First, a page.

When a young person under 18 faces criminal charges, Pennsylvania law usually requires a judge to confirm whether charging them as an adult is in the public interest.
But that rule doesn’t apply for some of the most serious charges, like rape, murder, and kidnapping. Those are immediately transferred to criminal court due to statutory exclusion, a provision in state law that completely excludes certain charges from juvenile court.
This statute is in the news after the beating death of James “Simmie” Lambert in North Philadelphia. The 73-year-old, described as a lifelong city resident who took a daily walk along the block where he was attacked, left behind a grieving sister and other family.
Surveillance video captured a group of teens in the act, and they’ve begun to surrender to the police.
A 14-year-old on Monday became the first to turn himself in, and was charged as an adult with third-degree murder and conspiracy, though his 10-year-old brother was released. He was followed on Wednesday by a 14-year-old girl, who will likely face similar adult murder charges.
Not all states send such cases directly to criminal court without oversight.
Outside Pa., some states require processes of judicial and prosecutorial discretion — when a judge or a prosecutor, respectively decides whether to try to the youth as an adult. No U.S. states have laws banning the charging of kids as adults.
The myth of the superpredator
The history of statutory exclusion is tied to the escalation of punitive measures that took place in 90s, and advocates are currently supporting a bipartisan push to end the practice.
A bipartisan bill called the Juvenile Justice Policy Act is currently pending in the Pa. Senate. It’s cosponsored by Camera Bartolotta, a Republican state senator who represents Beaver, Greene, and Washington Counties, and Anthony “Hardy” Williams, a Democratic state senator who reps parts of Philly and Delco.
It would swap Pennsylvania’s juvenile-to-adult court transfer method to a system based on judicial discretion.
The Juvenile Law Center, a Philly-based legal nonprofit that aims to end youth incarceration nationwide, is one of the organizations supporting the policy. Riya Saha Shah, JLC’s managing director, pointed out the context in which statutory exclusion emerged.
“This was in response to a lot of what we saw in the late 80s, and the early 90s, related to the myth of the superpredator,” said Shah. “But it was really on the heels of an increase in violent crime that was attributed to young people.”
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Pennsylvania’s provision passed in 1995, and two years later, 28 states had similar rules in place. Today, the commonwealth is one of 20 states that still have mandatory transfers to adult court on the books.
The superpredator myth was partially premised on youth violence as a growing problem, but this peaked in the late 1980s and early ’90s, according to Shah.
“All that really came out of that era was these ‘get tough’ policies that really harmed children and really pushed more black and brown kids into the criminal system,” Shah said, adding that youth crime “has since decreased significantly.”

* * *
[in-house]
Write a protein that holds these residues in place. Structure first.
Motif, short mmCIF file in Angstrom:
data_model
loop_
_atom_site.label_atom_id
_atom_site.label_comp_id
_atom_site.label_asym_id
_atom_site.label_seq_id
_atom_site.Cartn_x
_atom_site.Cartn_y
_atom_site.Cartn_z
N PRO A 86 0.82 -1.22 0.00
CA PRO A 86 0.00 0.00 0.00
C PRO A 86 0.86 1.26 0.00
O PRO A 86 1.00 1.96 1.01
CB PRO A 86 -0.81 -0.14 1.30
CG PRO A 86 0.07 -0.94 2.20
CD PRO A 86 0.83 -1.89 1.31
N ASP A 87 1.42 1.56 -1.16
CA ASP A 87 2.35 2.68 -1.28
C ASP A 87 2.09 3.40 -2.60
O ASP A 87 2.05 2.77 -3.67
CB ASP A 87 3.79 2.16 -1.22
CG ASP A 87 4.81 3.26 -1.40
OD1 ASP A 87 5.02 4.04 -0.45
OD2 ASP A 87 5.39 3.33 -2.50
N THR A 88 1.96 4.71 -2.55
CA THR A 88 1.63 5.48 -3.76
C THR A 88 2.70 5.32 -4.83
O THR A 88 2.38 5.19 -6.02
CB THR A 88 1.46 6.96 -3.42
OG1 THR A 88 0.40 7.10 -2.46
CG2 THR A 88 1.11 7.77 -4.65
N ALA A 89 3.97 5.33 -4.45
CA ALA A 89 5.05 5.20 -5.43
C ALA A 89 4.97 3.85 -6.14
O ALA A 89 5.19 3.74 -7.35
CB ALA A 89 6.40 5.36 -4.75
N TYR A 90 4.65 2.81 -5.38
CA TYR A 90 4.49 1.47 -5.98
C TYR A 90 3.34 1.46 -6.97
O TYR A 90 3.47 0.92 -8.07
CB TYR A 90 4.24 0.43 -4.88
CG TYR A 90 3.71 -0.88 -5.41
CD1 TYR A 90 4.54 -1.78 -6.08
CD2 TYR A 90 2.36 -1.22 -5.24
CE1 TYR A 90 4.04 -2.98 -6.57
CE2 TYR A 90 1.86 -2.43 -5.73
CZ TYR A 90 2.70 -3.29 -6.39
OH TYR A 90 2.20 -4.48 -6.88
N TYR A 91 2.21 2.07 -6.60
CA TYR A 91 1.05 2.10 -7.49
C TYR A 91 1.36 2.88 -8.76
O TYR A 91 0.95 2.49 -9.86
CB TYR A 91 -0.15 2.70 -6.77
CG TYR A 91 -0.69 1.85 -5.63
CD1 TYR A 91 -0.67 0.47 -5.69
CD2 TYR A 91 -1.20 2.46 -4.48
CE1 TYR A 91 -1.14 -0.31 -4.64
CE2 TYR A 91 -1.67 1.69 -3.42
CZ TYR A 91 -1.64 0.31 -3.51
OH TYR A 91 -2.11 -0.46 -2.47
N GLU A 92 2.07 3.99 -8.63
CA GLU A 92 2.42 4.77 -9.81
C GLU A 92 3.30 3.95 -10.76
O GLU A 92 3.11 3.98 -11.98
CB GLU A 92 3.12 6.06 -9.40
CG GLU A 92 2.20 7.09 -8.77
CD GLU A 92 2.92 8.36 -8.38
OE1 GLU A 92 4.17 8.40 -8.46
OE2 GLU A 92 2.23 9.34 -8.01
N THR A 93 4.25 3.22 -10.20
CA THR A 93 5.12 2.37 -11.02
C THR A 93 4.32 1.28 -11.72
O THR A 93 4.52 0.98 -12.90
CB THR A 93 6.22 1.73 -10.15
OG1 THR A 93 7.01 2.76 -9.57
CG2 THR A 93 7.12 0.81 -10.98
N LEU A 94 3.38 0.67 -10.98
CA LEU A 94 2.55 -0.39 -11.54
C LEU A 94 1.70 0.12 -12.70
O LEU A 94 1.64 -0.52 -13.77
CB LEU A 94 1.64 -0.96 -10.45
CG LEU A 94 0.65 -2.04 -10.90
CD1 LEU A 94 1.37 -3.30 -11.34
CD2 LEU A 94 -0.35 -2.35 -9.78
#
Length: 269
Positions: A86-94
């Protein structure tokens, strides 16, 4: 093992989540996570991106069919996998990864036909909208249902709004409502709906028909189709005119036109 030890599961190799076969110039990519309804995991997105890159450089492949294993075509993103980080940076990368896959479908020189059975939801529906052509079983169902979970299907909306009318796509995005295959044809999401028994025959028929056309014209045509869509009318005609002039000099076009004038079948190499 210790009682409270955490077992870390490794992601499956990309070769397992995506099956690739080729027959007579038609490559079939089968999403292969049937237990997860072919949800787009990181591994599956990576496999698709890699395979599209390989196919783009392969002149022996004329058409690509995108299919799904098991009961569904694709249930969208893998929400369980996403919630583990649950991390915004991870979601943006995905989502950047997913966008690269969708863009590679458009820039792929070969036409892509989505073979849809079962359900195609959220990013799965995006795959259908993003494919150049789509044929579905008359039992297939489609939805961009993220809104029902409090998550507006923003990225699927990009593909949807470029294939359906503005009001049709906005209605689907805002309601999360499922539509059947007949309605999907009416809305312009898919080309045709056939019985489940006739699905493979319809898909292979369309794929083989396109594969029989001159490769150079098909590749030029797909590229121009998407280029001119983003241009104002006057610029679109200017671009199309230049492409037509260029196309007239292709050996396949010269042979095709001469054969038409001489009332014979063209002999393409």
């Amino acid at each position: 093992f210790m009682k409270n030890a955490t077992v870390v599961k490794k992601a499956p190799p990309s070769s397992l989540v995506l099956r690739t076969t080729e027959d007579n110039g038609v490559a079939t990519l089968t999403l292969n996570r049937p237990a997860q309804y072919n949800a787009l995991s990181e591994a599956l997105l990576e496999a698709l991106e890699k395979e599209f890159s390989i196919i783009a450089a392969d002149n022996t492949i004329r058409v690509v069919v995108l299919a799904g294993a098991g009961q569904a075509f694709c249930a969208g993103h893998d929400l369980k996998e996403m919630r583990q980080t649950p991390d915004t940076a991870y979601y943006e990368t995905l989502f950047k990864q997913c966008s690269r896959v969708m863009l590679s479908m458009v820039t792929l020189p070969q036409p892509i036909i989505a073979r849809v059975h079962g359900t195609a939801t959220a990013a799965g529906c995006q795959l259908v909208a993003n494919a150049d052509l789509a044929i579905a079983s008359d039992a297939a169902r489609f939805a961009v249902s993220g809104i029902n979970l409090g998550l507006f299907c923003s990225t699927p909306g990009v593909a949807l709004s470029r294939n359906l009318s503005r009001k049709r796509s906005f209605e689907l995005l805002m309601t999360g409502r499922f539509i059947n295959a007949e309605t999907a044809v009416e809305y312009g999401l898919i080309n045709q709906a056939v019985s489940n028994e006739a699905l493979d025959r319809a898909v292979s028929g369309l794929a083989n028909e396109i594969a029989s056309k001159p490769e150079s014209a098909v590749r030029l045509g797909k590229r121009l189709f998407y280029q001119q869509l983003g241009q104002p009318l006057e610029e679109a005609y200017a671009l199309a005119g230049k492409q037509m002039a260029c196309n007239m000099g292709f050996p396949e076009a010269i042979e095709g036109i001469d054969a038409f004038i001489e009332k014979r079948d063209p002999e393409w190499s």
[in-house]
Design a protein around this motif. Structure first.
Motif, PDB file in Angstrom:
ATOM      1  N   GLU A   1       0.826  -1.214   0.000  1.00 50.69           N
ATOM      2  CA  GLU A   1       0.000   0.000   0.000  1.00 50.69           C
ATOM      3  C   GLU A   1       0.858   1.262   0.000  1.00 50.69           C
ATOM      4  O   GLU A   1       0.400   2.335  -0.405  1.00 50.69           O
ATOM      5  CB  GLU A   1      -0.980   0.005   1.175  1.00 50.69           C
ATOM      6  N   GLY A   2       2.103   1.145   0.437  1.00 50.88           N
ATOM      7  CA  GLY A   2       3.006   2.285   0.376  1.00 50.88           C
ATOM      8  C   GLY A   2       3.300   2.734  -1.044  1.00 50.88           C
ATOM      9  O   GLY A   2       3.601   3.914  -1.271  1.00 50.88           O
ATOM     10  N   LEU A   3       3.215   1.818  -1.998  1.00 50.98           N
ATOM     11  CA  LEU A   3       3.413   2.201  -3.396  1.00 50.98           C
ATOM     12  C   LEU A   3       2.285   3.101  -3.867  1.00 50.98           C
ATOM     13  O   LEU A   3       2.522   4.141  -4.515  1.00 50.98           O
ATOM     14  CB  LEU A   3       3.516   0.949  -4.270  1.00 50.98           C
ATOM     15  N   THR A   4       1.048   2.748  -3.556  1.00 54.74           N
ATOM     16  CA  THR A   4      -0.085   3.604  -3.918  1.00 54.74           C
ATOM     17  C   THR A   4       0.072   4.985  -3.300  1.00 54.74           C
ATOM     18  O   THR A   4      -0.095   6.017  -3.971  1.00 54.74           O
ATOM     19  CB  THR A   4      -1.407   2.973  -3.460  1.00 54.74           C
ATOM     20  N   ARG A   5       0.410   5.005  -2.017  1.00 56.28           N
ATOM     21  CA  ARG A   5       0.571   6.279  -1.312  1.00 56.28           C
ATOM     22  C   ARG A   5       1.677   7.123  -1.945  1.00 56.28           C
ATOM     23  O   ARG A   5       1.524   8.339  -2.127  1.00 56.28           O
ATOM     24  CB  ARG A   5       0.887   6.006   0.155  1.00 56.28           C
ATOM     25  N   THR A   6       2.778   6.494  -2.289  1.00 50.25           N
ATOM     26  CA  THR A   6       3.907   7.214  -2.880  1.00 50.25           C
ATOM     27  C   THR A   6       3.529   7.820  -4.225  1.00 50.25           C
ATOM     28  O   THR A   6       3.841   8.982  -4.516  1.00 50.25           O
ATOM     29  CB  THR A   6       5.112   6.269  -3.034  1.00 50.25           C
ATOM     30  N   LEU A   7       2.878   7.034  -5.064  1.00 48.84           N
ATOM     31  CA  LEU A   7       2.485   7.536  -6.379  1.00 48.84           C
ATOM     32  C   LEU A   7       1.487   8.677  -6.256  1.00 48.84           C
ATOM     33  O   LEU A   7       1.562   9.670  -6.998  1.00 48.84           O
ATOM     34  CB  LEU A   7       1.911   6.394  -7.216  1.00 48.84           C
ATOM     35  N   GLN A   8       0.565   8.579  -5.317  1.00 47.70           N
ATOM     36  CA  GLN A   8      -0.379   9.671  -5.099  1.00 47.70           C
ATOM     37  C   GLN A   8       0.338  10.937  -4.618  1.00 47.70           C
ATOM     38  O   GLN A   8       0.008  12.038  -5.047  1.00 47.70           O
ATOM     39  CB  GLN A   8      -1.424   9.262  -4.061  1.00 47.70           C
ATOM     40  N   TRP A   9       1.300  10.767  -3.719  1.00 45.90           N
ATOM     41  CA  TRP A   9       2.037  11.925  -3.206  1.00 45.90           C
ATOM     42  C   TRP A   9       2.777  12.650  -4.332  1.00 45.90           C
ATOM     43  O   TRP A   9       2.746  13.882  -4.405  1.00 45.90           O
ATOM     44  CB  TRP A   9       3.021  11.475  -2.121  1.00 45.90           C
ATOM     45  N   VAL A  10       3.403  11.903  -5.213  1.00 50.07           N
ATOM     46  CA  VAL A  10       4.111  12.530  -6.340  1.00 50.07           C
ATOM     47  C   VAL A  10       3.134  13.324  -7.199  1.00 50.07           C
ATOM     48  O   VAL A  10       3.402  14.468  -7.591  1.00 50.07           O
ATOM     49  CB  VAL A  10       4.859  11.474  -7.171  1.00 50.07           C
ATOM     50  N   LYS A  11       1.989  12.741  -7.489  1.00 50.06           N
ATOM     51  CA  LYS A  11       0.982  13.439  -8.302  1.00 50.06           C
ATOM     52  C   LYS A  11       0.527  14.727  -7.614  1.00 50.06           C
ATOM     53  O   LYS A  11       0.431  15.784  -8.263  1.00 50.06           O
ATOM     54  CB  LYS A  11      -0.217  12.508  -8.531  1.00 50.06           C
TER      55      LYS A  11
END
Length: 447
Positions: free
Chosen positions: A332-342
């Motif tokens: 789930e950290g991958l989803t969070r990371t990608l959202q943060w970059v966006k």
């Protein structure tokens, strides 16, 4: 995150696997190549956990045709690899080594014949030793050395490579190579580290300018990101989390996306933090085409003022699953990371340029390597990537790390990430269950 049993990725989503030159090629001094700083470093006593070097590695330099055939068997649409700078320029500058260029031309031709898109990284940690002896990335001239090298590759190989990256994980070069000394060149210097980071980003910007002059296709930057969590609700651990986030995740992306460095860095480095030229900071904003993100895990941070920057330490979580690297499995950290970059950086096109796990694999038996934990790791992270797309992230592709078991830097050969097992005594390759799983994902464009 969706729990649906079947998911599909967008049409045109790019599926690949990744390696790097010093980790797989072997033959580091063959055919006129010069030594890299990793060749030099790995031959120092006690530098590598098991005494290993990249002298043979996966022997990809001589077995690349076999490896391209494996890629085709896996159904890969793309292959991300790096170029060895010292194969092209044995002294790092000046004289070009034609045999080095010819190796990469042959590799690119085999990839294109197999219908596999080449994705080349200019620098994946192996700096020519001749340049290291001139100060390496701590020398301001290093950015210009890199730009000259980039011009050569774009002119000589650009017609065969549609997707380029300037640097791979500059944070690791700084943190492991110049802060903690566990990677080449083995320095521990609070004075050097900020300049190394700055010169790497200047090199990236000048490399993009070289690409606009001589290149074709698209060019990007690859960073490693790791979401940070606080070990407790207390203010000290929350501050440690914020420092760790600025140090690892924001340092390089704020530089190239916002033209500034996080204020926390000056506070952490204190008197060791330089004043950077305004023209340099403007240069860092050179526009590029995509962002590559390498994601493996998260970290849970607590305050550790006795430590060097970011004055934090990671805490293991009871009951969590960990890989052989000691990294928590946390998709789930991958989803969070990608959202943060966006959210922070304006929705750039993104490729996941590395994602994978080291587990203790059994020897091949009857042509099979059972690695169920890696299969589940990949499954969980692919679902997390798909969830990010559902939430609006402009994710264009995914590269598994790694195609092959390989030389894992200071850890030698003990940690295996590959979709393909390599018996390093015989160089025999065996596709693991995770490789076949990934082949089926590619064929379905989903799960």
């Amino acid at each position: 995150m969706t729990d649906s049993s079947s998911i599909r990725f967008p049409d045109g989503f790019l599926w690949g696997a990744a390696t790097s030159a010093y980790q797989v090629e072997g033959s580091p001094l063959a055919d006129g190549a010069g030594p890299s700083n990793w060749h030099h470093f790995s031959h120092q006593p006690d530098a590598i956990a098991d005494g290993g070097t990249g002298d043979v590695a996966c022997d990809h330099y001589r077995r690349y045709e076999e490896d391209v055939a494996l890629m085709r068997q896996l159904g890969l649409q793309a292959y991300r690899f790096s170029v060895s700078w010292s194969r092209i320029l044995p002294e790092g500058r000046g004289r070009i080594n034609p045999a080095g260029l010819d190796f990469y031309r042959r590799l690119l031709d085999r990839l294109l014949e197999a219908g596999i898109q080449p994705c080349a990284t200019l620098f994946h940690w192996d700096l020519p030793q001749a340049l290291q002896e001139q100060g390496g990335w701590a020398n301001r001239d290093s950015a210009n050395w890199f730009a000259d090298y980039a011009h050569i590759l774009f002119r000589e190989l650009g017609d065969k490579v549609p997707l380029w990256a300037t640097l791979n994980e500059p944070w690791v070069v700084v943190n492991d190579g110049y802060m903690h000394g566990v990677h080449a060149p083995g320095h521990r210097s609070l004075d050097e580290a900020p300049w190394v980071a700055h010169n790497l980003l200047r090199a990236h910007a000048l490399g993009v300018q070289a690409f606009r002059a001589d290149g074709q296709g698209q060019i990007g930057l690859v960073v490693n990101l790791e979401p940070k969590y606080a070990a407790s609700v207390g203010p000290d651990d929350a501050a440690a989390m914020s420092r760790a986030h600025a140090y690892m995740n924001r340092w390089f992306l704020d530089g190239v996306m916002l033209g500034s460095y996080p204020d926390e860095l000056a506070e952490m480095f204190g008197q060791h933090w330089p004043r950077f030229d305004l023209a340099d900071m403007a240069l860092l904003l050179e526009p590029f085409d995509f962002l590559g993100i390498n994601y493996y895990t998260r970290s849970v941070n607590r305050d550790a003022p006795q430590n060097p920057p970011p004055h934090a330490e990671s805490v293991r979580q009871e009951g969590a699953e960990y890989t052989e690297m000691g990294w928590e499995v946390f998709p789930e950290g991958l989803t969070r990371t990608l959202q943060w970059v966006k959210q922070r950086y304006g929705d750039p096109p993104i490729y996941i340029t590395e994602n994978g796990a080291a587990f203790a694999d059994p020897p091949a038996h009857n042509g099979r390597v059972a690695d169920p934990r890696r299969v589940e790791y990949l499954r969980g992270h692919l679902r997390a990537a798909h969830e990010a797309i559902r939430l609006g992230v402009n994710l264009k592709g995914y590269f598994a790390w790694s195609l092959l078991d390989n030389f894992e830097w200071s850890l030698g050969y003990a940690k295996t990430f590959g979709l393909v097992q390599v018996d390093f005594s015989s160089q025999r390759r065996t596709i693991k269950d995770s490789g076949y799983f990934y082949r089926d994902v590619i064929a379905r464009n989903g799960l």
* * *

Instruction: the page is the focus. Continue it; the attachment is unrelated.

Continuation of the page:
Sending minors to adult prison increases recidivism
If the Juvenile Justice Policy Act were law, a prosecutor would have to make the case that the defendants in the Lambert homicide case need to be tried in criminal court and a judge would have to concur — all still very possible outcomes. But since statutory exclusion is still on the books in Pa., adult charges are the only option.
Advocates for the proposed policy shift describe what they view as the detrimental effects of the law, which often ends up with minors serving time in adult prisons.
A 2018 study found that 43% of direct file cases for youth were sent to county jails and 57% were sent to state correctional facilities, according to Marcía Hopkins, senior manager of JLC’s Youth Advocacy Program and Policy.
In those facilities, youth are not getting access to the types of treatment, vocational skills, and educational skills they need to grow and rehabilitate, Hopkins said. And they often end up completely isolated. “What we often see is that kids are in solitary confinement for their quote-unquote ‘own protection,’ so that way they’re away from other adults in adult prisons.”
Solitary confinement has been repeatedly recognized as damaging to people with fully developed brains, making its impact on growing minds even more striking.
Minors who serve sentences in adult facilities are 34 times more likely to reoffend than their counterparts in the juvenile justice system, notes an op-ed from the state senators sponsoring the bill that would change Pa.’s statutory exclusion system.
The op-ed asks a question that ultimately seems obvious: “Why lock kids away when it leads to more recidivism?”
The tragedy of the Lambert homicide is likely to bring more attention to this statute, Hopkins and Shah of the JLC acknowledged.
“To me, it begs the question: Is the [desired] solution to prevent the behavior and make youth accountable?” Hopkins asked. “If that is the solution, adult prisons don’t actually provide that.”